Malacañang on Tuesday, February 27, underscored that any investigation to be conducted by a United Nations (UN) Special Rapporteur should have proper consent from the state party.
Presidential Spokesperson Harry Roque Jr. said this in a Palace press briefing, amid calls for the Duterte government to lift the conditions allowing a special rapporteur to probe the alleged extrajudicial killings in the country.
“To those familiar with the Special Rapporteur’s system, all investigations must be consented to by state parties. And there’s no one that can compel a state party to allow an investigation if it does not want to do so,” Roque stressed.
The Spokesperson said it is also the state party’s prerogative on which special rapporteur could visit the Philippines for an investigation.
“If they’re going to send a special rapporteur to the Philippines, it must be someone credible, someone who is an authority in the field that they seek to investigate in, and must be objective and unbiased,” he noted.
Roque, who is also the Presidential adviser on human rights, said he would recommend to the President to allow a particular special rapporteur to look into the killings being linked to the administration’s anti-drug war.
“As I said, the effectivity of a special rapporteur depends on their character, their credibility, their trustworthiness,” he noted.
The Cabinet official said he would definitely not recommend UN Special Rapporteur on extrajudicial, summary or arbitrary executions Agnes Callamard to conduct the probe.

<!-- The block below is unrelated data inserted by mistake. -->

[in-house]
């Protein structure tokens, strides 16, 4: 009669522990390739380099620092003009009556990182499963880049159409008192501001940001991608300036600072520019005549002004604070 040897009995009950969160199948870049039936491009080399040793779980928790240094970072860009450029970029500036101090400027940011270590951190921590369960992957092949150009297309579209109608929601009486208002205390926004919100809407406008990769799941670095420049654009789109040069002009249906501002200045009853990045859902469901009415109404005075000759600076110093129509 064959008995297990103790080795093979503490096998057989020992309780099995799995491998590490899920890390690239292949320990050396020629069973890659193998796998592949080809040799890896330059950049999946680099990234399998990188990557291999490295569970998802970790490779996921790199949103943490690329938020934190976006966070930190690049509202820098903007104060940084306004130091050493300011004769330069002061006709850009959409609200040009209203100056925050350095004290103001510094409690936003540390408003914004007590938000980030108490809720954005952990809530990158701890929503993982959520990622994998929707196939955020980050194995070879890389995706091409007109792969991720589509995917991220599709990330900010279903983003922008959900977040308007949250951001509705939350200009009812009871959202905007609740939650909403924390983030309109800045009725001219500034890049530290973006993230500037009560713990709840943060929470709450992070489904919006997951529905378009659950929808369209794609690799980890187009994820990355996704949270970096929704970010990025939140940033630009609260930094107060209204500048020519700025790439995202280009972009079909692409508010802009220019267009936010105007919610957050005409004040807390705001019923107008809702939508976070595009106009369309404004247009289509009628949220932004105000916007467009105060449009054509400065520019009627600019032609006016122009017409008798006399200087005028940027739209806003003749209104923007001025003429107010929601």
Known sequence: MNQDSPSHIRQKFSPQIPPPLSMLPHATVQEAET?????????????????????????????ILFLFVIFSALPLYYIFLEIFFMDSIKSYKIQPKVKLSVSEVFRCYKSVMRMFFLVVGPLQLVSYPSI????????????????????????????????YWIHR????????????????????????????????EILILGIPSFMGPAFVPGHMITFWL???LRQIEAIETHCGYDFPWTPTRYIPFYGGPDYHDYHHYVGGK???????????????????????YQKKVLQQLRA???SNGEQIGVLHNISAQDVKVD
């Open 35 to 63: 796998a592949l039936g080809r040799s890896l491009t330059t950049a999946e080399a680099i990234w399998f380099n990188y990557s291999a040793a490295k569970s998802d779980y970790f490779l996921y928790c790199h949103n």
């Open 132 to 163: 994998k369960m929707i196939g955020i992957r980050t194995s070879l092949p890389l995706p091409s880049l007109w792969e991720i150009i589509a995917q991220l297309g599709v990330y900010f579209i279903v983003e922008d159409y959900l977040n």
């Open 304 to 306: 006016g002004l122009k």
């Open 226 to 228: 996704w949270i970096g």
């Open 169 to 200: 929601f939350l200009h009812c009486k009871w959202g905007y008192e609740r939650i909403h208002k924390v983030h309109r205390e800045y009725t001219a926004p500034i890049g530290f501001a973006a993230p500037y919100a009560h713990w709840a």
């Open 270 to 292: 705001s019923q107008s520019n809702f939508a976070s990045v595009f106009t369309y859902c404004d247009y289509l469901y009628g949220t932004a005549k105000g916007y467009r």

Roque earlier slammed Callamard for coming to the Philippines last year uninvited, and while negotiations on the invitation required for special rapporteurs to investigate in UN member nations were still pending.
He described Callamard’s unofficial visit to the country as “an act of bad faith.”
“As I have said before, it’s her fault that the home state does not want her in,” Roque said during this Tuesday’s briefing.
He said part of the qualifications of a special rapporteur is to be trustworthy enough so that the UN member nation would consent to the investigation.
“The fact that there is no way that Agnes Callamard can be allowed to investigate in the Philippines proves that she has failed in this regard,” Roque noted.
Excise tax collections up by 82-percent due to TRAIN law
During the same press briefing, Malacañang announced that the government’s year-on-year excise tax collection rose to nearly 82 percent in January, due to the implementation of the Tax Reform for Acceleration and Inclusion (TRAIN) Act.
Secretary Roque said the Bureau of Internal Revenue (BIR) collected P22.078 billion worth of taxes from cigarettes, cars, and sugar-sweetened beverages in January, exceeding the P20.501-billion target for that month.
The Spokesperson further said up to 30 percent of the incremental revenues from the TRAIN law will be allocated to the government’s social protection programs.
This includes Unconditional Cash Transfer (UCT) for affected sectors like indigent senior citizens, as well as the Pantawid Pasada program for jeepney drivers and operators, Roque cited. ### PCO-Content